متغیرهای تجویزی برای تقویت سیکلوسرینD از مواجهه درمانی در درمان اختلال استرس پس از سانحه
|کد مقاله||سال انتشار||مقاله انگلیسی||ترجمه فارسی||تعداد کلمات|
|32344||2014||7 صفحه PDF||سفارش دهید||محاسبه نشده|
Publisher : Elsevier - Science Direct (الزویر - ساینس دایرکت)
Journal : Journal of Psychiatric Research, Volume 48, Issue 1, January 2014, Pages 40–46
In recent years, several studies have demonstrated efficacy of d-cycloserine (DCS) enhanced exposure therapy across anxiety disorders. In this study we examined person-level variables that predicted response to DCS enhanced exposure therapy in a chronic, mixed trauma PTSD sample. The sample consisted of 67 treatment-seeking individuals, randomly allocated to receive exposure therapy augmented with DCS (50 mg) or identical looking placebo. We examined the following baseline predictors of treatment response: (1) demographic characteristics (age, gender, marital status, and education); (2) clinical characteristics (initial PTSD symptom severity, Axis I comorbidity, depression symptom severity, and antidepressants use); (3) personality characteristics (openness, conscientiousness, extraversion, agreeableness, and neuroticism). Outcome was measured with the PTSD Symptom Scale, Self-Report, which was assessed weekly during treatment. Two prescriptive variables were identified: conscientiousness and extraversion. For high conscientious participants, those who received DCS showed better outcome than those who received placebo. And for low extraversion, DCS showed superior outcome relative to placebo. Education was identified as a prognostic variable, it predicted response across both groups: higher education was related to worse outcome. Our results provide support for the influence of personality traits on DCS augmented exposure outcome and give more insight into possible working mechanisms of this novel treatment strategy. Ultimately, this may contribute to treatment matching strategies in order to improve treatment efficacy of exposure therapy for PTSD.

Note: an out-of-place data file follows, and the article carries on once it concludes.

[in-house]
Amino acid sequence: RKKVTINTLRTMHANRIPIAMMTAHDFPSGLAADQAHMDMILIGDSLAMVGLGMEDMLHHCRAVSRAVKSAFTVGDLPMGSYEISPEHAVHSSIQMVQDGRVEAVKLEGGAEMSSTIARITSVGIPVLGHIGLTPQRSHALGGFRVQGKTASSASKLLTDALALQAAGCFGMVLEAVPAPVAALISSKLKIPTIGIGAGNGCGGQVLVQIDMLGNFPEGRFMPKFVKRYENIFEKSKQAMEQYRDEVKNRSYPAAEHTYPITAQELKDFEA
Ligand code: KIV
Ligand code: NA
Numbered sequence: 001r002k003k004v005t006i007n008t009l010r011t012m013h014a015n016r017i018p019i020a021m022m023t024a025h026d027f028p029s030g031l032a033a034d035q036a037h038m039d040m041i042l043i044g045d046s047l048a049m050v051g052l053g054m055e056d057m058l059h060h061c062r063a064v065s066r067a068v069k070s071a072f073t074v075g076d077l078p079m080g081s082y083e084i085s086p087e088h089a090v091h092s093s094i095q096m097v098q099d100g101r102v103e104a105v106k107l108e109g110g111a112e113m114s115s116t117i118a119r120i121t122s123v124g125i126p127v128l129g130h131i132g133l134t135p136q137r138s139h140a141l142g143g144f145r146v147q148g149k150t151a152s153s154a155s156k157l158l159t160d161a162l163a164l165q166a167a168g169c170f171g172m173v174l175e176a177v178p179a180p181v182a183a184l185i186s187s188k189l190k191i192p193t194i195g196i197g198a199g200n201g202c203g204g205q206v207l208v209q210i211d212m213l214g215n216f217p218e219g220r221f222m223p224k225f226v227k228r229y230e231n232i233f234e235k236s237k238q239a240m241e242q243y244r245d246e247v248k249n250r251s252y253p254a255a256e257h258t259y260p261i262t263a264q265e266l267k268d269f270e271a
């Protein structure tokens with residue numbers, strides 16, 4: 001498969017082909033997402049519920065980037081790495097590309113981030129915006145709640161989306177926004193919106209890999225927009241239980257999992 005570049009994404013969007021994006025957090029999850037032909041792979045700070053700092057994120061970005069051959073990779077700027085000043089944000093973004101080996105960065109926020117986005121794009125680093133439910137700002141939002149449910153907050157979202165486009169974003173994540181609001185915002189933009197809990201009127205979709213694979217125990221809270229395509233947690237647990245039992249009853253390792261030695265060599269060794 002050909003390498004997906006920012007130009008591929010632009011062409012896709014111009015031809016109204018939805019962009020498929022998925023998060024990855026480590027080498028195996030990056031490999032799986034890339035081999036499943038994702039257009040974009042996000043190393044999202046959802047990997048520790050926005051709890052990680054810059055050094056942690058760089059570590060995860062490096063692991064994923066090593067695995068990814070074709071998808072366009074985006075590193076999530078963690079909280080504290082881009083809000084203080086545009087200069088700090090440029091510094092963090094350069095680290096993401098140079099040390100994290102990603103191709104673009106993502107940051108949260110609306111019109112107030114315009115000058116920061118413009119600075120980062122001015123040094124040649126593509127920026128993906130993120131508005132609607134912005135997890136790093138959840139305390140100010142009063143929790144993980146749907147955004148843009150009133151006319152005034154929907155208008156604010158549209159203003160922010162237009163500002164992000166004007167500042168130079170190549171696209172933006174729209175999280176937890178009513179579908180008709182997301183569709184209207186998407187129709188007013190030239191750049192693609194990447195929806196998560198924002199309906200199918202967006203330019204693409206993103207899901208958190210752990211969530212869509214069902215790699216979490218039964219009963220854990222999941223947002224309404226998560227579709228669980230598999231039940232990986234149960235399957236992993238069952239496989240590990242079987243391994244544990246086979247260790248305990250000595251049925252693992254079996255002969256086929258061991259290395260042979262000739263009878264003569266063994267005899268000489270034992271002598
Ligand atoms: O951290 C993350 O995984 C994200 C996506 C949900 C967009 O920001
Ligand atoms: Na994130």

Exposure therapy, a form of cognitive behavioral therapy (CBT), is an effective treatment for PTSD (cf. Powers et al., 2010). In exposure therapy, PTSD patients are repeatedly exposed to the traumatic memory (imaginal exposure) and to safe, but anxiety provoking, trauma-related stimuli (in vivo exposure). A proposed working mechanism of exposure therapy is fear extinction by effective emotional processing of the traumatic memory and incorporation of corrective information, namely the absence of anticipated harm (Foa and Kozak, 1986). Even though the efficacy and effectiveness of exposure therapy for PTSD are widely established, there is room for improvement, since loss of diagnosis rates tend to be around 40 to 65 percent (Bradley et al., 2005 and Schnurr et al., 2007). Attempting to improve treatment efficacy of exposure treatment for anxiety disorders, researchers have focused, among other strategies, on pharmacological enhancement of fear extinction. Augmentation of exposure therapy with the cognitive enhancer d-cycloserine (DCS), a partial agonist of the N-methyl-d-Aspartate (NMDA) glutamate receptor, has shown efficacy in the treatment of several anxiety disorders (see for meta-analyses: Bontempo et al., 2012 and Norberg et al., 2008), although several studies have failed to demonstrate efficacy ( Guastella et al., 2007, Litz et al., 2012 and Tart et al., 2013). To date, two studies have examined the efficacy of DCS enhanced exposure treatment in PTSD patients and found mixed results. Our group ( de Kleine et al., 2012) observed an effect of DCS on treatment response in a mixed-trauma population. More importantly, we found DCS to be beneficial in a subgroup of patients, namely those who needed all treatment sessions and had higher pretreatment PTSD symptoms. This finding suggests that DCS may be beneficial for a specific subsample of patients. Litz et al. (2012) examined DCS and exposure treatment in a male Veteran population and found that placebo outperformed DCS. Closer inspection of their data suggested that lack of within-session extinction resulted in the unfavorable outcome for DCS, considering the data suggesting that end-of-exposure fear is predictive of DCS enhanced exposure therapy outcomes ( Smits et al., 2013b and Smits et al., 2013c). Based on these studies it appears that DCS enhancement might have differential effects in PTSD patients. Overall, hypotheses on why outcomes of DCS enhancement differ across studies are mainly of methodological nature – e.g. studies differed in treatment protocol length and DCS dosage (see for instance: Hofmann et al., 2011). In addition, it has been suggested that person-level variables, such as baseline symptom severity and antidepressant use, may influence DCS efficacy (de Kleine et al., 2012, Guastella et al., 2007, Rodebaugh et al., 2013 and Siegmund et al., 2011). Most recently, Smits et al. (2013a) examined predictive factors of DCS enhanced exposure therapy in a large sample of social phobic patients. They found certain personality traits, namely agreeableness and conscientiousness, to be related to DCS augmentation effects. Specifically, DCS augmentation was evident only among individuals low in conscientiousness and among individuals high in agreeableness. To gain more insight into variables associated with outcome of DCS-enhanced exposure therapy for PTSD, we examined prescriptive variables of DCS efficacy outcome in our randomized clinical trial (de Kleine et al., 2012). Here, a prescriptive variable is an individual characteristic that predicts differences in outcome between DCS- and placebo- enhanced exposure therapy, and thus requires, statistically, demonstration of a significant interaction between the individual characteristic and treatment condition (DCS vs. placebo; Kraemer et al., 2002). Attempting to replicate and extend the findings reported by Smits et al. (2013a) we examined the potential prescriptive effects of personality traits, while also considering and controlling for demographic and clinical characteristics. In addition to prescriptive variables we examined prognostic variables, or individual characteristics that are predictive of treatment outcome irrespective of experimental condition (i.e. DCS vs. Placebo; Fournier et al., 2009). Prognostic variables therefore require demonstration of a statistically significant main effect of the individual characteristics. Our selection of candidate prognostic variables was guided by previous findings of exposure therapy outcome prediction studies in PTSD patients. Clinicians often believe that exposure therapy is contraindicated for PTSD patients with comorbid disorders ( Becker et al., 2004 and Van Minnen et al., 2010), but empirical evidence is lacking (see Van Minnen et al., 2012 for overview). In fact, a recent meta-analysis showed a positive relationship between general comorbidity and treatment outcome ( Olatunji et al., 2010), and some studies have documented better exposure treatment outcome for those with more depressive symptoms ( Feeny et al., 2009 and Rizvi et al., 2009). Of note, van Minnen et al. (2002) examined a range of possible predictors, including comorbidity and trauma characteristics, but found baseline PTSD symptom severity to be the only stable and reliable predictor of exposure therapy outcome. At the time of this writing, little research exists on the clinical predictors of DCS efficacy for enhancing exposure therapy outcomes. Given these observations, we examined the prescriptive and prognostic effects of initial PTSD symptom severity, while also considering the possible influence of depressive symptoms, and DSM-IV axis I comorbid disorders. In sum, enhancing treatment efficacy of exposure therapy for PTSD with DCS appears a promising strategy. However, it is likely that, as in non-enhanced exposure therapy for PTSD, not all patients benefit from this treatment strategy. By identifying prescriptive variables, we hope to direct clinicians in the effective application of DCS and gain more insight into mechanisms of exposure therapy efficacy.